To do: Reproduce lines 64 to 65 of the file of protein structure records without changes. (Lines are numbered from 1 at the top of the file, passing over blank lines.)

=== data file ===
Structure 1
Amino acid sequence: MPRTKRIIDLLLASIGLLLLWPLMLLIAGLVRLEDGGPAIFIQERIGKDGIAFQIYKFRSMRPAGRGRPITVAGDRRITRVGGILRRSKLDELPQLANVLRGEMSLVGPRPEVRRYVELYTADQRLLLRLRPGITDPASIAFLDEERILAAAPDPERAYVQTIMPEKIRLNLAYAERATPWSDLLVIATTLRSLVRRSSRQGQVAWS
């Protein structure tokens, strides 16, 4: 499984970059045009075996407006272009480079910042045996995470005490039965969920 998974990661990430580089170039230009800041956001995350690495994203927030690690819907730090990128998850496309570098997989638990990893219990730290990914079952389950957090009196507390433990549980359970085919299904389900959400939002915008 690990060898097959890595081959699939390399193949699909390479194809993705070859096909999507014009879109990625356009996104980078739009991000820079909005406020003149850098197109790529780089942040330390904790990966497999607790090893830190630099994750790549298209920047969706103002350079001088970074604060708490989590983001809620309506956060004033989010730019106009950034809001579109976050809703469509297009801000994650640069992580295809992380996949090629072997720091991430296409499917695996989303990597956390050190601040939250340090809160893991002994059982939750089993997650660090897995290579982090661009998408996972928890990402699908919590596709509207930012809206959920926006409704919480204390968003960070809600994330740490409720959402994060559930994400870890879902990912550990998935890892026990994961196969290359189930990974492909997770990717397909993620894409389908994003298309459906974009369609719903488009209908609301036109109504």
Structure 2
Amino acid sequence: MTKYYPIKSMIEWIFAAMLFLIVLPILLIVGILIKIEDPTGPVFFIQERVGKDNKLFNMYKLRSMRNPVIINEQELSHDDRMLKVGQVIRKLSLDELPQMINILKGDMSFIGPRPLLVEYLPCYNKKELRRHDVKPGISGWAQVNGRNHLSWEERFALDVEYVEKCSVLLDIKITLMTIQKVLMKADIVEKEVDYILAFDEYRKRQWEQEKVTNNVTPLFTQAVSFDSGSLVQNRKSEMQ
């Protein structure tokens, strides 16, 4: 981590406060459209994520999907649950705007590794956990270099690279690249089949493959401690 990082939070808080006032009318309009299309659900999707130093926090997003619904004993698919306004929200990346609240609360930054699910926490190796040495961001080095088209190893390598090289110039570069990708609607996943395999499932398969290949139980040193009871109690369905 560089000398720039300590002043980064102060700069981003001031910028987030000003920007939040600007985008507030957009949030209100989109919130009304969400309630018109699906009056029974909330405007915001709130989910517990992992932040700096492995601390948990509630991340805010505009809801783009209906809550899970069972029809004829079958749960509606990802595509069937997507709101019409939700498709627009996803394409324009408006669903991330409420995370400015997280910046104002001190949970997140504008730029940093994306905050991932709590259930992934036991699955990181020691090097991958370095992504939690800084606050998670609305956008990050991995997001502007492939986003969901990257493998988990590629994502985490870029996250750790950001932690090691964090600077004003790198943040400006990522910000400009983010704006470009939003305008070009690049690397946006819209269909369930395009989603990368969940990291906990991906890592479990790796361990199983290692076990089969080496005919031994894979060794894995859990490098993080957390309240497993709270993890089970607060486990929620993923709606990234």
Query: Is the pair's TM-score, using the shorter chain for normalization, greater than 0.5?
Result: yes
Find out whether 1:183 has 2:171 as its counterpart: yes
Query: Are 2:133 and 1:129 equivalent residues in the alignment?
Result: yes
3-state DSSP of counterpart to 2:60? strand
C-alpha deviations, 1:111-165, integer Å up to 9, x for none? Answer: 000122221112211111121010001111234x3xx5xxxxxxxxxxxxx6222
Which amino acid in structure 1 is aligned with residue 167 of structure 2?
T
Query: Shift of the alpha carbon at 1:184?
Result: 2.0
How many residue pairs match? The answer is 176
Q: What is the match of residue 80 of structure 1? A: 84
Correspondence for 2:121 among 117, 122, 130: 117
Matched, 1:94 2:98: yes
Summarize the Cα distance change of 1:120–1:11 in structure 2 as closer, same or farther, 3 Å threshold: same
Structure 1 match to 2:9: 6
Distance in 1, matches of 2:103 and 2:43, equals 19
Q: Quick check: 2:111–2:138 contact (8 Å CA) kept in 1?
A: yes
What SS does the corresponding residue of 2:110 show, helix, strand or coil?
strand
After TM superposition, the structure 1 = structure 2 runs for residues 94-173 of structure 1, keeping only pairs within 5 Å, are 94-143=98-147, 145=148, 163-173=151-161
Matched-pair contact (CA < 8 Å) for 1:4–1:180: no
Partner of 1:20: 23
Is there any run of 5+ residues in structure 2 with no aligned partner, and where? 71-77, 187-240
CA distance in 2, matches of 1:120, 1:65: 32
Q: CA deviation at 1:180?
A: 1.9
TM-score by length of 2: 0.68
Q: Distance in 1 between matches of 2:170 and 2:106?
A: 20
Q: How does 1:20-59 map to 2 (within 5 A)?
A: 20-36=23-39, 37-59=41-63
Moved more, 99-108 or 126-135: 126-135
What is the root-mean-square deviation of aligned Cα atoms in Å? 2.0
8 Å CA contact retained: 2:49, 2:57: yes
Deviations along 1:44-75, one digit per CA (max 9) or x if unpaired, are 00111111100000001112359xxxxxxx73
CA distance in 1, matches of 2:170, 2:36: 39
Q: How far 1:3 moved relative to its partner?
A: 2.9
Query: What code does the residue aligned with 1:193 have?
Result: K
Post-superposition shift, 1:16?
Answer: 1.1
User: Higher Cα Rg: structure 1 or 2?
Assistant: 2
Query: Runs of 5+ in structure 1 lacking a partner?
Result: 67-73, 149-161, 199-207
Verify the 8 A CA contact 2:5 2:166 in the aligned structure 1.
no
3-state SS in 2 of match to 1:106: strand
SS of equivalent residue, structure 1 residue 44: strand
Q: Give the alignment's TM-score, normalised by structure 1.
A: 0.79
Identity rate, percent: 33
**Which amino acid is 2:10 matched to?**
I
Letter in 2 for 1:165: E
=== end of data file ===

I
Letter in 2 for 1:165: E